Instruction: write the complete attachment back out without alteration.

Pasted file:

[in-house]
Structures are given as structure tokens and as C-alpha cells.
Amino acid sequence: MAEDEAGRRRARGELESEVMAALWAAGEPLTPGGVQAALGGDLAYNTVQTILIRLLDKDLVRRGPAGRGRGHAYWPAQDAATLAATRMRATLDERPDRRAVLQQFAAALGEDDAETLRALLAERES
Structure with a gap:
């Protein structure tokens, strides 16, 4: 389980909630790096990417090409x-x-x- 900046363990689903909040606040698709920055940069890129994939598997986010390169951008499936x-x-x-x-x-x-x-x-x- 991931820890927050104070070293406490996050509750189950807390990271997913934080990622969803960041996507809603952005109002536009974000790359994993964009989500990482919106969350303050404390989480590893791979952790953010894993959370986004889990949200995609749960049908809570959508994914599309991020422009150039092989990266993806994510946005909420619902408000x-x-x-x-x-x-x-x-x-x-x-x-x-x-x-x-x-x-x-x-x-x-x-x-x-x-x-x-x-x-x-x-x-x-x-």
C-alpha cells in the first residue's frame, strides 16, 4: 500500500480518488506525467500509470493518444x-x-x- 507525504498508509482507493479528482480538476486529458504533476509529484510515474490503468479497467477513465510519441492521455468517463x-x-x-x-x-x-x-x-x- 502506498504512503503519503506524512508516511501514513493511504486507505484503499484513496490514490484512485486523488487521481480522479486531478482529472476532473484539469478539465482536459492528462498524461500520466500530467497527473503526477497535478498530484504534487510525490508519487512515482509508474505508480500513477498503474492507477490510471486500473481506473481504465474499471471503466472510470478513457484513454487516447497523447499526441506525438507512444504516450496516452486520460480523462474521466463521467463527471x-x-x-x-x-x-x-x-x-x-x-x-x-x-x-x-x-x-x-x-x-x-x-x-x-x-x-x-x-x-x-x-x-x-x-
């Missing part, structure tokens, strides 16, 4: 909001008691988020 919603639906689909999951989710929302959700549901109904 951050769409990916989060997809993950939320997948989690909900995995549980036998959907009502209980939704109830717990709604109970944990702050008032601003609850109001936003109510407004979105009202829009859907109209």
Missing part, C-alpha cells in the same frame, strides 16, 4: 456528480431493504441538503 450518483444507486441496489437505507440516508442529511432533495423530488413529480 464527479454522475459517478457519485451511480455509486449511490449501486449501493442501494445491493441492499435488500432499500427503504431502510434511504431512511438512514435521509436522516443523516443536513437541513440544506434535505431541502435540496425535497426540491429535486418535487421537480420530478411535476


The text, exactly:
[in-house]
Structures are given as structure tokens and as C-alpha cells.
Amino acid sequence: MAEDEAGRRRARGELESEVMAALWAAGEPLTPGGVQAALGGDLAYNTVQTILIRLLDKDLVRRGPAGRGRGHAYWPAQDAATLAATRMRATLDERPDRRAVLQQFAAALGEDDAETLRALLAERES
Structure with a gap:
């Protein structure tokens, strides 16, 4: 389980909630790096990417090409x-x-x- 900046363990689903909040606040698709920055940069890129994939598997986010390169951008499936x-x-x-x-x-x-x-x-x- 991931820890927050104070070293406490996050509750189950807390990271997913934080990622969803960041996507809603952005109002536009974000790359994993964009989500990482919106969350303050404390989480590893791979952790953010894993959370986004889990949200995609749960049908809570959508994914599309991020422009150039092989990266993806994510946005909420619902408000x-x-x-x-x-x-x-x-x-x-x-x-x-x-x-x-x-x-x-x-x-x-x-x-x-x-x-x-x-x-x-x-x-x-x-």
C-alpha cells in the first residue's frame, strides 16, 4: 500500500480518488506525467500509470493518444x-x-x- 507525504498508509482507493479528482480538476486529458504533476509529484510515474490503468479497467477513465510519441492521455468517463x-x-x-x-x-x-x-x-x- 502506498504512503503519503506524512508516511501514513493511504486507505484503499484513496490514490484512485486523488487521481480522479486531478482529472476532473484539469478539465482536459492528462498524461500520466500530467497527473503526477497535478498530484504534487510525490508519487512515482509508474505508480500513477498503474492507477490510471486500473481506473481504465474499471471503466472510470478513457484513454487516447497523447499526441506525438507512444504516450496516452486520460480523462474521466463521467463527471x-x-x-x-x-x-x-x-x-x-x-x-x-x-x-x-x-x-x-x-x-x-x-x-x-x-x-x-x-x-x-x-x-x-x-
């Missing part, structure tokens, strides 16, 4: 909001008691988020 919603639906689909999951989710929302959700549901109904 951050769409990916989060997809993950939320997948989690909900995995549980036998959907009502209980939704109830717990709604109970944990702050008032601003609850109001936003109510407004979105009202829009859907109209």
Missing part, C-alpha cells in the same frame, strides 16, 4: 456528480431493504441538503 450518483444507486441496489437505507440516508442529511432533495423530488413529480 464527479454522475459517478457519485451511480455509486449511490449501486449501493442501494445491493441492499435488500432499500427503504431502510434511504431512511438512514435521509436522516443523516443536513437541513440544506434535505431541502435540496425535497426540491429535486418535487421537480420530478411535476